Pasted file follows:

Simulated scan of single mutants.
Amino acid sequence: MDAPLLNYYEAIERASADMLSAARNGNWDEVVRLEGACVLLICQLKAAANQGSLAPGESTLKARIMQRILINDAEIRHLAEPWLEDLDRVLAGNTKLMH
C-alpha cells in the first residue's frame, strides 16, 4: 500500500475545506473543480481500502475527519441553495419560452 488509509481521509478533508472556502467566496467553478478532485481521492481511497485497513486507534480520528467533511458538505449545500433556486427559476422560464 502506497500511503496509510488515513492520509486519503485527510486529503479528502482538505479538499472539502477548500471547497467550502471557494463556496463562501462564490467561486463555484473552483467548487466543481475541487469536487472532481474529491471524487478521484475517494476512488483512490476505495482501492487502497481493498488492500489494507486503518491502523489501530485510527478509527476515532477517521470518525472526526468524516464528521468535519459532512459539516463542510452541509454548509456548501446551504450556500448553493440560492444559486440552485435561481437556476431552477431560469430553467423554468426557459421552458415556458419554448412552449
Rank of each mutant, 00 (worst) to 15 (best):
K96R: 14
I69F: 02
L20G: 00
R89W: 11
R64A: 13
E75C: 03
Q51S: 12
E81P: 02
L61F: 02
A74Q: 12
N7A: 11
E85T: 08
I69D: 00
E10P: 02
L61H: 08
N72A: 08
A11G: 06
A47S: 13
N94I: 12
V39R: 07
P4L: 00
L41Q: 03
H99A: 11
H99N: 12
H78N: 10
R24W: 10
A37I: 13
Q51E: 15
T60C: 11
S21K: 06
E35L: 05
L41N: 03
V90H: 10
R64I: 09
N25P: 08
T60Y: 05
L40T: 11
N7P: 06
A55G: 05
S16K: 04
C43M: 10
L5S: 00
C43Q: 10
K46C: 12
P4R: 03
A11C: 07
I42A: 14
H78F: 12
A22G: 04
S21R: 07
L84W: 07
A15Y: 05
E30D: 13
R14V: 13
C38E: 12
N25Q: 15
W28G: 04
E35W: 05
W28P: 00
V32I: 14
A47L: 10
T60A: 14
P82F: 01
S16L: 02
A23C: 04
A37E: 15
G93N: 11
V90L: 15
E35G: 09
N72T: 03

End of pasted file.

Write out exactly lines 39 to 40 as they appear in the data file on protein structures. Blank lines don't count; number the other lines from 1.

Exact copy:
N25P: 08
T60Y: 05